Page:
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NobodysHome wrote: Ohsopolitical, but Fritzy hasn't gotten any exercise in a while:
** spoiler omitted **
Does a spit take, gives Myrtle's udder a reassuring jiggle and begins priming the old cannon.
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Dancing Wind wrote: John Napier 698 wrote: About to go home. Good night, everyone. Good night, John.
And a preemptive "Hello there!"
So, we're going preemptive now!
Stay calm, Fritzy, you can do this!
LOAD EVERY BARREL!!! Yes, even Myrtle!!!
Peers through target scope. Begins firing wildly in every direction.
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NobodysHome wrote: Tacticslion wrote: Anyone who maaaaaaaaath: is there a simple repeating pattern in which you arrive at the final value of Xsubn for an arbitrarily decreasing amount Ysubn (described as a flat, consistent percentage z) such that when you reduce the new current value by z percentage of your current Xsubn, you can do so n times quickly?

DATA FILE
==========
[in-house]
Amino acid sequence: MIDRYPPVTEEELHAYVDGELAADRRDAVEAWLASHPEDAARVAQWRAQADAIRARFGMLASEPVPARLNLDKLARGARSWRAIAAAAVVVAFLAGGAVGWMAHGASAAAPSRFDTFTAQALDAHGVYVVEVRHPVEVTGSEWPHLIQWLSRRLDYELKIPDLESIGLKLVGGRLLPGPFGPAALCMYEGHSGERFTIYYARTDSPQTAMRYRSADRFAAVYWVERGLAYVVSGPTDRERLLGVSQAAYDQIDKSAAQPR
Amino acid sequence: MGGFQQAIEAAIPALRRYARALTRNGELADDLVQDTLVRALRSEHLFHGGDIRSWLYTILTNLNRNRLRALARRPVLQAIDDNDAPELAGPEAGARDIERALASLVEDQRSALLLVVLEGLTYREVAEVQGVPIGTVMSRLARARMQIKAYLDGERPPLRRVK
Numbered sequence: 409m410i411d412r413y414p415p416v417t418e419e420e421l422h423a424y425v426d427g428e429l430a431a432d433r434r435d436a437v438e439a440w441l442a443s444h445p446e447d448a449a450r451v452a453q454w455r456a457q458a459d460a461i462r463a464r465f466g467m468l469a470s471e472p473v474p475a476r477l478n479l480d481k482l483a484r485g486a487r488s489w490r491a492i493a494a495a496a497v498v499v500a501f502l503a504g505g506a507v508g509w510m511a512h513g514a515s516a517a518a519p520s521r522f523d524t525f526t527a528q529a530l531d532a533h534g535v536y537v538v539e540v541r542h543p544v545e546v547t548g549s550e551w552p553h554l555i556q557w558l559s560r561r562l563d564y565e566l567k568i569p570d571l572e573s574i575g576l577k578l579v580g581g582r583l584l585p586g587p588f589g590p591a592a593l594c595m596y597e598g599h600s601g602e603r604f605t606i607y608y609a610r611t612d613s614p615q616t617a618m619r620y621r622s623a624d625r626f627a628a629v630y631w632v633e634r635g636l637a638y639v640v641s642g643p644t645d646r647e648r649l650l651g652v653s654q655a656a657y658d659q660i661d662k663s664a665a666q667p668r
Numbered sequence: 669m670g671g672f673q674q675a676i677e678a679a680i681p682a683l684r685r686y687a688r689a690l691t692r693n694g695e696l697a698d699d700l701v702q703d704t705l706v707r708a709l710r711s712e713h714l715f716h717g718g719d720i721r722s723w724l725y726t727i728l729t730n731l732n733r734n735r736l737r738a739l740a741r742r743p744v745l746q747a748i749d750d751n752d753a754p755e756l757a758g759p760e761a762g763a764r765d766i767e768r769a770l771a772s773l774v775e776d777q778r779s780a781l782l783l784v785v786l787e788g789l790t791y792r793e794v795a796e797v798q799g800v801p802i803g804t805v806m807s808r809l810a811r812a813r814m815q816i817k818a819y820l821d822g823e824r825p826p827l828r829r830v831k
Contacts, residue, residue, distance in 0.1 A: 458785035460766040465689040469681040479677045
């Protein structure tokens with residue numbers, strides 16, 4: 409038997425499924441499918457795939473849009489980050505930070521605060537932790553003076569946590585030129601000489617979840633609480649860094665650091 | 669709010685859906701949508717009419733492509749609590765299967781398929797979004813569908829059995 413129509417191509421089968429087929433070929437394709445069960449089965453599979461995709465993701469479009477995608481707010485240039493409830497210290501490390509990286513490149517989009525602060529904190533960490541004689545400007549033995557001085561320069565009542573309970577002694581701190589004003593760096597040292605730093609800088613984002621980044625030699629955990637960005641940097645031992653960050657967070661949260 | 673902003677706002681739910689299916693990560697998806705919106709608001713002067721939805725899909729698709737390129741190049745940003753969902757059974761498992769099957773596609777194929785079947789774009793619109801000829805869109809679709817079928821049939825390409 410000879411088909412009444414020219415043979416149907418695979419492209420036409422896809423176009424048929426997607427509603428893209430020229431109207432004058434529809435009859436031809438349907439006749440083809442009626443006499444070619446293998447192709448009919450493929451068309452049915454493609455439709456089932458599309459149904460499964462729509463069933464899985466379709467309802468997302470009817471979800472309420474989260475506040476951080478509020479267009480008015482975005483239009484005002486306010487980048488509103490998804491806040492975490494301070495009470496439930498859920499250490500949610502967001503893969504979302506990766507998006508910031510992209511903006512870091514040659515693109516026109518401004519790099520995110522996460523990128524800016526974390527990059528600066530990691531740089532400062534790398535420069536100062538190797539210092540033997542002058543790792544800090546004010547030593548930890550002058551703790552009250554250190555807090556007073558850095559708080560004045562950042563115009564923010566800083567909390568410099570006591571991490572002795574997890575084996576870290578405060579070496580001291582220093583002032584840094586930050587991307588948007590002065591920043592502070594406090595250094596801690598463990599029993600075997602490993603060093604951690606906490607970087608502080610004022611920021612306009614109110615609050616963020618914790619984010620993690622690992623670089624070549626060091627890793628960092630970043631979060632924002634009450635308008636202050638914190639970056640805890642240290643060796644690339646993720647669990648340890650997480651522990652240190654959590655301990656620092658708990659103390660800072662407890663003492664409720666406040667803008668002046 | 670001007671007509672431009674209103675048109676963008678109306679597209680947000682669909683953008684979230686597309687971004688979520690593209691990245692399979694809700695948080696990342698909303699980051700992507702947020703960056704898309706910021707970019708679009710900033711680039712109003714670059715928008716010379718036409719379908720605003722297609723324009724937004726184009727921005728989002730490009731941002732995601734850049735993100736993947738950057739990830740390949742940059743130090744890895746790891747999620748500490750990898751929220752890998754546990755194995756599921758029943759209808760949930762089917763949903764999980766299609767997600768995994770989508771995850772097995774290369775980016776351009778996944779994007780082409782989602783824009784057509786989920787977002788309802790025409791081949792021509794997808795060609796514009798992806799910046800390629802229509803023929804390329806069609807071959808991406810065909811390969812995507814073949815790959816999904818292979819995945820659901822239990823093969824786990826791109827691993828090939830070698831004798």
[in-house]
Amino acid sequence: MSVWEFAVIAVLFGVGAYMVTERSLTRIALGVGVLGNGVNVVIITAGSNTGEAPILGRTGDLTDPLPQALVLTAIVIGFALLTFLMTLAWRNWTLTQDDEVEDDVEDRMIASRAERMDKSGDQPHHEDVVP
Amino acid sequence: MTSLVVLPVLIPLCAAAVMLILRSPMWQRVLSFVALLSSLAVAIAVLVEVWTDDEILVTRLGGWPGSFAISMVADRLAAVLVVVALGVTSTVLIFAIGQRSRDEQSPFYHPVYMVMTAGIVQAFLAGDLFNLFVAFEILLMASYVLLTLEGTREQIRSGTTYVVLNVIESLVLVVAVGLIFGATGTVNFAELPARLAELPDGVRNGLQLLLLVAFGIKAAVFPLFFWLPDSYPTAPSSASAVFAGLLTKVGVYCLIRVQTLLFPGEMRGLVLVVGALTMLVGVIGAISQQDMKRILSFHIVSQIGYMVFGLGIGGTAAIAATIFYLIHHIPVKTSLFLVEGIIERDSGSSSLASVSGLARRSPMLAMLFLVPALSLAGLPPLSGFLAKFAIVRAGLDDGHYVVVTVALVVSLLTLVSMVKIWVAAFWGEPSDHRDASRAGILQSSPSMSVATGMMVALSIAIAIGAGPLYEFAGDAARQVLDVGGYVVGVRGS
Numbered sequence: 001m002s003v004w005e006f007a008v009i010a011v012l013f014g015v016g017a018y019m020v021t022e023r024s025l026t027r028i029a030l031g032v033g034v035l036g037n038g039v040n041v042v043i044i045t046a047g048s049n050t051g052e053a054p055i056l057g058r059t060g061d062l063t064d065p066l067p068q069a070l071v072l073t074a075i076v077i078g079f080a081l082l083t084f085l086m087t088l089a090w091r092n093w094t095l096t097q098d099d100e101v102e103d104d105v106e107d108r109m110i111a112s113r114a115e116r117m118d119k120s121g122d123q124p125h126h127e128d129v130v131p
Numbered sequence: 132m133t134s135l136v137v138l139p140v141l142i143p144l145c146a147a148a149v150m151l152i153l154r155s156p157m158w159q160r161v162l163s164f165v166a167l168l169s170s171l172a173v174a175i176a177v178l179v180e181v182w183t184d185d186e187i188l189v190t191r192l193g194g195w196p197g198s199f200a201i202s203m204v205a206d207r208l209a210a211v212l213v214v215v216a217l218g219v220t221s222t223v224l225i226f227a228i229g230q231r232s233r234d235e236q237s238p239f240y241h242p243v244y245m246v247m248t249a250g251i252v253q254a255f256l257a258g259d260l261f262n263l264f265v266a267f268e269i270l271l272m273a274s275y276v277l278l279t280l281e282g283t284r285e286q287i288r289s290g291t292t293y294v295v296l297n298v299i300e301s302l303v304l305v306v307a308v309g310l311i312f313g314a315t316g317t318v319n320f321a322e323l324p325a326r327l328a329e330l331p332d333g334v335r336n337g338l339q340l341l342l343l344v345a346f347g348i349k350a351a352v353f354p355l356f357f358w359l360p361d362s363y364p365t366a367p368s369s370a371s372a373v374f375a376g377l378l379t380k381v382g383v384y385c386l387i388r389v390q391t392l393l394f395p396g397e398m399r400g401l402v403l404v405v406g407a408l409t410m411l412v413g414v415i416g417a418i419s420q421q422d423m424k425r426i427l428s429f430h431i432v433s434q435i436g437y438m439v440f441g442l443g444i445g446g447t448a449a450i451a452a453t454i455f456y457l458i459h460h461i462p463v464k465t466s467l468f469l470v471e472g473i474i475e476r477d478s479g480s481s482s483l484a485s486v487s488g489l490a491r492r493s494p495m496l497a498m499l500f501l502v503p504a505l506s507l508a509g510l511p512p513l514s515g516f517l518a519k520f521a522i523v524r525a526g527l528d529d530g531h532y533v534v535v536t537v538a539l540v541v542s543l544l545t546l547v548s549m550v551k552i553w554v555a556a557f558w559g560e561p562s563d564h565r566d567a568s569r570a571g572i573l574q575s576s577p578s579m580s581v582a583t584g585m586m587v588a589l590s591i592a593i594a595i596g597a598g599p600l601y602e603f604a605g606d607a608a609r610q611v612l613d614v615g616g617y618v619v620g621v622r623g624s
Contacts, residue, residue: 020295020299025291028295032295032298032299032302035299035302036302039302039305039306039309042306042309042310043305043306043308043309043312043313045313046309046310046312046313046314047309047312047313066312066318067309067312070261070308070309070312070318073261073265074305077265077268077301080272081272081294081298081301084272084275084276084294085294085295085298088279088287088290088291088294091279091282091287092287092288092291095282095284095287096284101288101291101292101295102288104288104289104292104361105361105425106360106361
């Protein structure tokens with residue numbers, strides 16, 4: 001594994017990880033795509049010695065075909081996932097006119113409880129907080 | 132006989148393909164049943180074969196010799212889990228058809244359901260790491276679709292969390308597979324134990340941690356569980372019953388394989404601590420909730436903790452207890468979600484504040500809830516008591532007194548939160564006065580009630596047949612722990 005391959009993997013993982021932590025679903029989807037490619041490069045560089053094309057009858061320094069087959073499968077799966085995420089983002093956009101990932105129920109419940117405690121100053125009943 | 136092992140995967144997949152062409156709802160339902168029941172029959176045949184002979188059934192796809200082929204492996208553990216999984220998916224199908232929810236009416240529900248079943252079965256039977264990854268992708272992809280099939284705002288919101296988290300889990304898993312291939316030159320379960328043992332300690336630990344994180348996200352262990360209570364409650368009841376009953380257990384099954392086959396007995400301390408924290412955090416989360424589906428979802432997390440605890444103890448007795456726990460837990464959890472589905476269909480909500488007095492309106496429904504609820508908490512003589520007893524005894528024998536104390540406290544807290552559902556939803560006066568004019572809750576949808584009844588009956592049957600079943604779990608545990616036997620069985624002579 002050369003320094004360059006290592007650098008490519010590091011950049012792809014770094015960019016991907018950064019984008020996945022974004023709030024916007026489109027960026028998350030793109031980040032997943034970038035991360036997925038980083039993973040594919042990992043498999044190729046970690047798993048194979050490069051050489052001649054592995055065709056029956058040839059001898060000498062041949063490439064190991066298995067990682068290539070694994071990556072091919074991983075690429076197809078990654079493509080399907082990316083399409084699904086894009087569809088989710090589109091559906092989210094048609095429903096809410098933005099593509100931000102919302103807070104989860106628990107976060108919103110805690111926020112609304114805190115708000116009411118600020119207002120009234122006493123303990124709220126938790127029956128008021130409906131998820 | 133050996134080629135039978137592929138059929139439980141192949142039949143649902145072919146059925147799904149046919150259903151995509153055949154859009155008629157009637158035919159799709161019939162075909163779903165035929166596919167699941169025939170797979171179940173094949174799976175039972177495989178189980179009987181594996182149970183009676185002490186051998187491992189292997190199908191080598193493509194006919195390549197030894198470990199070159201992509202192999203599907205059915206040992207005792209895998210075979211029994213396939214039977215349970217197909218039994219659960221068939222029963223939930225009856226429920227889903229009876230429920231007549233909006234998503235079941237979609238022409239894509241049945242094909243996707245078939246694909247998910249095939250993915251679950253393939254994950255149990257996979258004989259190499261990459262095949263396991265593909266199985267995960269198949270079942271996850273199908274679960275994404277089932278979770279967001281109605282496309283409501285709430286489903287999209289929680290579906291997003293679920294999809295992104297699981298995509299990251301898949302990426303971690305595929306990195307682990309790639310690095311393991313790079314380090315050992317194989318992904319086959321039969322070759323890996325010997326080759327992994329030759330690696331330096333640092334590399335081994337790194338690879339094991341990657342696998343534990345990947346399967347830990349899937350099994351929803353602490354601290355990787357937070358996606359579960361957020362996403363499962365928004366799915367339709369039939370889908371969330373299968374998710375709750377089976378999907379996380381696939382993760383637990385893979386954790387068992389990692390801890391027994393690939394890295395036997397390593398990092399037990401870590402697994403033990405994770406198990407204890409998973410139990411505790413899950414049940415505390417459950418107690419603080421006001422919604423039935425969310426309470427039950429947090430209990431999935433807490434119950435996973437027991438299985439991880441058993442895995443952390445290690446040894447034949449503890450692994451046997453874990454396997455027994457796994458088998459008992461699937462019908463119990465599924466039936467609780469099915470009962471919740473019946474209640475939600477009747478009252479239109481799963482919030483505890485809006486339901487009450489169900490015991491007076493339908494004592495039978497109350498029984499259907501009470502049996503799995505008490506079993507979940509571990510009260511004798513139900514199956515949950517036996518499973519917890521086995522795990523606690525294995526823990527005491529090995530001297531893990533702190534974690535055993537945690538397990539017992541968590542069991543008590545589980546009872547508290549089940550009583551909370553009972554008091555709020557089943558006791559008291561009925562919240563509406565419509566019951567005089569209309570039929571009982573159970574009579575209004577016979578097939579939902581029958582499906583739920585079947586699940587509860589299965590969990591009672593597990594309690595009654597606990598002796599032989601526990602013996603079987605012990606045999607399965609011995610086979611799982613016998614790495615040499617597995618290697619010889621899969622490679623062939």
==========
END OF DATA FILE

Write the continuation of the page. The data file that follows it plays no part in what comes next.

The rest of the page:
I think I'm saying that right. See below for the example, and correct my terrible linguistics using that example instead of whatever nonsense I spewed out up there.
So, for example, let's start with 100 because it's a nice, round number (and also turns into % later). This would be either Xsub1 or Xsub0 (I forget proper notation because I don't uuuuuuuuuuuuse it until I do, which is right now, but still forgotten and in the latter case, also a popular fighter in Mortal Combat.)
Reduce the initial value X by 30% and this gets you to 70: simple so far. That's once!
Reduce that 70 by 30% and you get 49 (as shown by 30% of 70 is 21; 7021=49). That's twice!
Reduce that 49 by 30% and you get 34.3 (as shown by 30% of 49 is 14.7; 4914.7=34.3). That's thrice!